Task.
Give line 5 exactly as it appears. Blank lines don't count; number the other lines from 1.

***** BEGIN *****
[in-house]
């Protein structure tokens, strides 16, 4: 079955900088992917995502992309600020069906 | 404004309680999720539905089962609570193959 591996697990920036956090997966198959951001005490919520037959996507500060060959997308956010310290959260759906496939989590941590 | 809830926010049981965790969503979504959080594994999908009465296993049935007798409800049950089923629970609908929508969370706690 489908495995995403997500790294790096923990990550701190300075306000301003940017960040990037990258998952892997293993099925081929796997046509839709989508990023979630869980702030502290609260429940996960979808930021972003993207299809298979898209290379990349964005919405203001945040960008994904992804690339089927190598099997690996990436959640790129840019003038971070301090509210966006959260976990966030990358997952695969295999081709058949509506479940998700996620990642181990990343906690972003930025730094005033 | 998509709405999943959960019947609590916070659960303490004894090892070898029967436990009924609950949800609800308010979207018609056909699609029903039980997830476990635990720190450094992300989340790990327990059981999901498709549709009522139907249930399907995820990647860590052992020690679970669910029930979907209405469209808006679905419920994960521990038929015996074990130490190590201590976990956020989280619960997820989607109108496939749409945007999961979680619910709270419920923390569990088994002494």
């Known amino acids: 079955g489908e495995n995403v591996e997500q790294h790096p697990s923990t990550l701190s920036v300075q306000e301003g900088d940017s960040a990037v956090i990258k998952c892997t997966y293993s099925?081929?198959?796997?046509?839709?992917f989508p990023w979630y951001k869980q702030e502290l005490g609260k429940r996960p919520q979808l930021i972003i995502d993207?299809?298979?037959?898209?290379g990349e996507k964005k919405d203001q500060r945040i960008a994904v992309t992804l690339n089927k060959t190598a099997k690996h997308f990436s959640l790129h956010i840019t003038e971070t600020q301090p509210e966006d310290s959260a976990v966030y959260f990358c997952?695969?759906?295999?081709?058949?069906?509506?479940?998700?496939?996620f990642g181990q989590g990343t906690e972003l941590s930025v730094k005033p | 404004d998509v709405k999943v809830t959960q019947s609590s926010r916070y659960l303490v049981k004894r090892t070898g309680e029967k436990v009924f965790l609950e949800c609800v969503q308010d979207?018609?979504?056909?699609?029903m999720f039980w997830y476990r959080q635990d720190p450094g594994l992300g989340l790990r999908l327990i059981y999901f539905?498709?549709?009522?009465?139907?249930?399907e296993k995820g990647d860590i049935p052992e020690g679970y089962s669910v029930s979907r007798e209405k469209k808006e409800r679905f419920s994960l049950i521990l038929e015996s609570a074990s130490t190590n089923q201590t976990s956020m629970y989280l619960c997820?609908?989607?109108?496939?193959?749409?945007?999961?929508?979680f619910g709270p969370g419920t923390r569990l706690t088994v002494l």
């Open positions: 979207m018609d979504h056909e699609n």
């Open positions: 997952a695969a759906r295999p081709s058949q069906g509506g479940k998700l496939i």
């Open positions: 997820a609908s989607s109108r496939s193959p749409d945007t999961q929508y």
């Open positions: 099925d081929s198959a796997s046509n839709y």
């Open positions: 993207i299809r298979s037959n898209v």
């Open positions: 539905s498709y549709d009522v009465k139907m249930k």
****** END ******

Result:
């Open positions: 997952a695969a759906r295999p081709s058949q069906g509506g479940k998700l496939i």